What is Soot?
Regardless of a fire’s size, soot is an often-overlooked problem that can have significant repercussions down the road. Those little black smudges can cause considerable damage to your property and health. At SERVPRO®, we provide both comprehensive home and commercial cleaning services that give our clients the peace of mind that the little details—like soot stains—are taken care of. To help you better recognize fire damage after an emergency, here’s a quick guide to soot in your space.
What is soot? (and other common questions)
Let’s get down to the soot basics. In order to both recognize and appropriately remove soot, it’s good to have a foundational knowledge of how it’s caused and what it looks like. Here are some of the most frequently asked questions from our clients:
What causes black soot on walls and materials?
Simply put, soot is the tiny particle that comes from incomplete combustion; it’s the black substance that comes from burning wood or other materials. While you might be most familiar with large-scale cinders and residue from fires, have you ever noticed those small black smudges near a burning candle? That’s soot, too! You don’t need to have a fire disaster to see the damage.
What does soot look like?
Most commonly, soot appears as black streaks on surfaces near a fire. It might be easy to confuse soot with mold; the similarities in color and patterns make them similar. Both can come out of nowhere, and both can do a lot of damage! Before touching the damaged area (which can be dangerous), you can make smart assumptions based on the black streak’s location. Ask yourself:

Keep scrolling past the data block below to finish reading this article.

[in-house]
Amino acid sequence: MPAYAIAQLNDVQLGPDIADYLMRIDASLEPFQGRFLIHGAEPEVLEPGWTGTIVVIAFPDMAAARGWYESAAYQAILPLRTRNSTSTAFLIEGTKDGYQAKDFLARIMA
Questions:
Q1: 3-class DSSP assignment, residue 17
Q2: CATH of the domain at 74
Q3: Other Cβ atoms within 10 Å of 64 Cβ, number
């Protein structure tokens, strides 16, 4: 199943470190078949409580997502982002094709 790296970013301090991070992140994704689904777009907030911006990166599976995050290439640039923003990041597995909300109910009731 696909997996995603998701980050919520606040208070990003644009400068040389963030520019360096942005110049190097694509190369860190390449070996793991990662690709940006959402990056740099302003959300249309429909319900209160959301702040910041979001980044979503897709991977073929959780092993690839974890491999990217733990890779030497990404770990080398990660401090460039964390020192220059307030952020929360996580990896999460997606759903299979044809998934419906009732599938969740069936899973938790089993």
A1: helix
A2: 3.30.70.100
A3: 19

- Is this damage near an electrical outlet or appliance?
- Is this damage near space in my property where I have candles, a fireplace, or other combustible materials?
- Is this damage at the bottom of a door where carpet may be filtering soot from the air?
- Is this damage near a part of the wall that could be affected by the heating system?
If you answered “yes” to any of these questions, there’s a good chance you’re dealing with soot and not mold. In contrast, mold will grow in areas with excess moisture, such as in between shower tiles or on a bathroom wall.
Can I remove soot?
The simple answer is yes—but that doesn’t mean you should tackle every soot damage project. A small smudge from a candle is likely cleanable with a small cloth dampened in rubbing alcohol. More significant soot damage from a fire should be handled by professionals. Agitating the soot with incorrect substances can make the damage worse.
Is there any way to prevent soot?
Yes! It all comes down to preparation. For large-scale damage, make sure that your home or commercial space has a fire emergency plan and a fully functioning fire sprinkler system. Regular maintenance and upkeep of your fire prevention tools will help reduce damage in an emergency.
For more small-scale prevention, use high-quality candles with short wicks on the candle stand to reduce excess heat. Schedule regular maintenance of your kitchen appliances to help ensure that they’re in good working condition as well.